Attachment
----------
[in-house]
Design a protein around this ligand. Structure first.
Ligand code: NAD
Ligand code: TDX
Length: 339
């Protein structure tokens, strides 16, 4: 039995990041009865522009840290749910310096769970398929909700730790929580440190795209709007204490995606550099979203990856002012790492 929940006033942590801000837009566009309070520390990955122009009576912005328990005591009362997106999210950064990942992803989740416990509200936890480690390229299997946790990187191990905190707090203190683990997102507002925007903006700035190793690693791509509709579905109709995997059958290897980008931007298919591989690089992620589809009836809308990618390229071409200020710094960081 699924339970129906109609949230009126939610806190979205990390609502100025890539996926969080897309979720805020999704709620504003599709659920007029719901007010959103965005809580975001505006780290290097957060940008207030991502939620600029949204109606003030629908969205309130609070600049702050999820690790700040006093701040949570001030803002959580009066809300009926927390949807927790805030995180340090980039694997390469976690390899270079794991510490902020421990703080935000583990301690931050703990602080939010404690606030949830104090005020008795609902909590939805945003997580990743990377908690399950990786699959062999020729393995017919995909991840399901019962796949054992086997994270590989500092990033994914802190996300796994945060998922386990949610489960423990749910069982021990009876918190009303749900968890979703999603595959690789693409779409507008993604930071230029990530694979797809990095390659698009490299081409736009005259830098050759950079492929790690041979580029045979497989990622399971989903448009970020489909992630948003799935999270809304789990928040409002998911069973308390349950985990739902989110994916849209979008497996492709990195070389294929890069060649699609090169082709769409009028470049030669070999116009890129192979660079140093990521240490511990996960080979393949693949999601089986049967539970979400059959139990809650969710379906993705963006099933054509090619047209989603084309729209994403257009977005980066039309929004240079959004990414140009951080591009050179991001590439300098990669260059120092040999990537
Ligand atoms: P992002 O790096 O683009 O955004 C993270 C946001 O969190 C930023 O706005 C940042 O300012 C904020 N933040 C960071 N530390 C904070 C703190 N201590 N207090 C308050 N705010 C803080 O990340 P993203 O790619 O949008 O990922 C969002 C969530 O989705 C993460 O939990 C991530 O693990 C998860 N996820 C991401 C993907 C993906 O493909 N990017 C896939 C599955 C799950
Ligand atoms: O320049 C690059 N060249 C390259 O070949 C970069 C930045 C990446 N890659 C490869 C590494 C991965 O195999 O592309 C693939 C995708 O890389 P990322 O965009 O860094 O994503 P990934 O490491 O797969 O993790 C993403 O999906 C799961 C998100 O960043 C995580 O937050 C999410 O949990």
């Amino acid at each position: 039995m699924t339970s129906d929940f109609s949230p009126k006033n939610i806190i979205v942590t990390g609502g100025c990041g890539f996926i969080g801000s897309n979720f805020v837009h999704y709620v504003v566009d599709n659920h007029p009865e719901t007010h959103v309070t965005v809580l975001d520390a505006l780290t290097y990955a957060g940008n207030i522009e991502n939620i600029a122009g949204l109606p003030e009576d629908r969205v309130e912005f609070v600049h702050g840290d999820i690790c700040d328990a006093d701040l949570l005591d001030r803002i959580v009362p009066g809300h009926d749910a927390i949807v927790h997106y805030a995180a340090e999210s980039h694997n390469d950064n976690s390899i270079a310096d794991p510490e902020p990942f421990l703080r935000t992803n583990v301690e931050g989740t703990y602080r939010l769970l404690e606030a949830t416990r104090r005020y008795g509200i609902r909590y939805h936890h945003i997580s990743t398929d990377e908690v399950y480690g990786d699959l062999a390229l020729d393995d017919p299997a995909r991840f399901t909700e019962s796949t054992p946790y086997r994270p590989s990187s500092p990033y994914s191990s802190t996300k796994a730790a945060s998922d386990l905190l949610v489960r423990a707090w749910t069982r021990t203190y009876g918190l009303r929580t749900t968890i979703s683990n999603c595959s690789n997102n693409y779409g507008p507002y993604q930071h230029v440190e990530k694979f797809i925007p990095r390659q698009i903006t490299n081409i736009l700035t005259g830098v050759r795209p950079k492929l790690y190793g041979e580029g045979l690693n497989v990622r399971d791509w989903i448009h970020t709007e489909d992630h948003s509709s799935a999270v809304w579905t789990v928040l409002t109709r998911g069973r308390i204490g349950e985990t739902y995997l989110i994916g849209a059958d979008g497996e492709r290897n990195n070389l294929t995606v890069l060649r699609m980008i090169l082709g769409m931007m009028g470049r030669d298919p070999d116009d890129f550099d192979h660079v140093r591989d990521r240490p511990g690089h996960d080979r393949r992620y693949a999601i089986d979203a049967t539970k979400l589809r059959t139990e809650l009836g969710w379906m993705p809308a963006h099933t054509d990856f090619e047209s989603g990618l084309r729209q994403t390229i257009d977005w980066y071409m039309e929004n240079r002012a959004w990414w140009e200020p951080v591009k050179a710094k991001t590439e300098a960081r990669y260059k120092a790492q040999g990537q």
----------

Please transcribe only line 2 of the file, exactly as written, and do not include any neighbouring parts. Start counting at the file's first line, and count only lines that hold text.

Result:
Design a protein around this ligand. Structure first.